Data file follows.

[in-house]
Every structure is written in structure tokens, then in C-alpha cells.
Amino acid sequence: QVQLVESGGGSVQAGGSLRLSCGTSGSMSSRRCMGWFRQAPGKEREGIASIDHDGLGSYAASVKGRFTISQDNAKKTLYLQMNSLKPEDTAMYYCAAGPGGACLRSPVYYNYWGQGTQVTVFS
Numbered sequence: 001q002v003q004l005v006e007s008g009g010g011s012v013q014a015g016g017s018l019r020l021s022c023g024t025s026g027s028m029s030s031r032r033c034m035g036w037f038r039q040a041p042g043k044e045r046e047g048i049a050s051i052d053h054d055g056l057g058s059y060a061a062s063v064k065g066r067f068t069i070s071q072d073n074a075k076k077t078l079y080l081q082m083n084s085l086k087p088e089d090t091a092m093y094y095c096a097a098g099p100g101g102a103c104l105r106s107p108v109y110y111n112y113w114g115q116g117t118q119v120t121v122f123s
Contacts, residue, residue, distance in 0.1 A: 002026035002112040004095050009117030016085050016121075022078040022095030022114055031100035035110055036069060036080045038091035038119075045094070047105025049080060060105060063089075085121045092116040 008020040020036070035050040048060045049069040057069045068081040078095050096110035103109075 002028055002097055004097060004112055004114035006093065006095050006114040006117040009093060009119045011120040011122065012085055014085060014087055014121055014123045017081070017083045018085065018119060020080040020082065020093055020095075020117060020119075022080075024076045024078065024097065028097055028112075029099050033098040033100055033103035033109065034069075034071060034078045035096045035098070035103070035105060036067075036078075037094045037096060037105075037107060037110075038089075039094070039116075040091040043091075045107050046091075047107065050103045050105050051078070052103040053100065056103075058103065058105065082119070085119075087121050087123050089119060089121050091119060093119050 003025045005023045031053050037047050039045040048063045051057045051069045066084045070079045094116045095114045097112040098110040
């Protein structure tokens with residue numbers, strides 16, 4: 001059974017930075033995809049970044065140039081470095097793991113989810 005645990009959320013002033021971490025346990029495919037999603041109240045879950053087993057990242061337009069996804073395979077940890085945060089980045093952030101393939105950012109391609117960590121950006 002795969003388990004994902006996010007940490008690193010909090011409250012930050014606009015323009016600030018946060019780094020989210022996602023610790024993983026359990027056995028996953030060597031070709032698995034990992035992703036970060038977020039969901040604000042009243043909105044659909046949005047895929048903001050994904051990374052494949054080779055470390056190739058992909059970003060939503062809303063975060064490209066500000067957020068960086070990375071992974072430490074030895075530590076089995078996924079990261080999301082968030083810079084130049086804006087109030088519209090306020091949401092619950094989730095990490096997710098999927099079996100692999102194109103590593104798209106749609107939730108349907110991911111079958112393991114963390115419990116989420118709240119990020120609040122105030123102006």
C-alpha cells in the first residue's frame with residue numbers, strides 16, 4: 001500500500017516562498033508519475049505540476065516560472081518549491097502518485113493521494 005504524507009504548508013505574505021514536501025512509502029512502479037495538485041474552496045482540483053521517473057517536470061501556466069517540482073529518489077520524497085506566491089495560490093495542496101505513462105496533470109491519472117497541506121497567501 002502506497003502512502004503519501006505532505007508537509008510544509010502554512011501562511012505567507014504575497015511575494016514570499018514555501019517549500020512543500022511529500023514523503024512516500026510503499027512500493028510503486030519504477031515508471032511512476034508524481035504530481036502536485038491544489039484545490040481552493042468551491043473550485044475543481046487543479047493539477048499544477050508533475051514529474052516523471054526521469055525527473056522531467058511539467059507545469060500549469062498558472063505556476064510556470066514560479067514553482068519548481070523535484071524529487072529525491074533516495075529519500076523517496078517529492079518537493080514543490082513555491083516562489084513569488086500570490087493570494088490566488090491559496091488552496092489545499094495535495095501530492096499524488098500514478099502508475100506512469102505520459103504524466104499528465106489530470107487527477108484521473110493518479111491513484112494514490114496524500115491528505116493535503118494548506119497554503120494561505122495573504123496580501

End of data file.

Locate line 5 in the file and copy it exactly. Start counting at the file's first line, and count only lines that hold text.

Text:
Contacts, residue, residue, distance in 0.1 A: 002026035002112040004095050009117030016085050016121075022078040022095030022114055031100035035110055036069060036080045038091035038119075045094070047105025049080060060105060063089075085121045092116040 008020040020036070035050040048060045049069040057069045068081040078095050096110035103109075 002028055002097055004097060004112055004114035006093065006095050006114040006117040009093060009119045011120040011122065012085055014085060014087055014121055014123045017081070017083045018085065018119060020080040020082065020093055020095075020117060020119075022080075024076045024078065024097065028097055028112075029099050033098040033100055033103035033109065034069075034071060034078045035096045035098070035103070035105060036067075036078075037094045037096060037105075037107060037110075038089075039094070039116075040091040043091075045107050046091075047107065050103045050105050051078070052103040053100065056103075058103065058105065082119070085119075087121050087123050089119060089121050091119060093119050 003025045005023045031053050037047050039045040048063045051057045051069045066084045070079045094116045095114045097112040098110040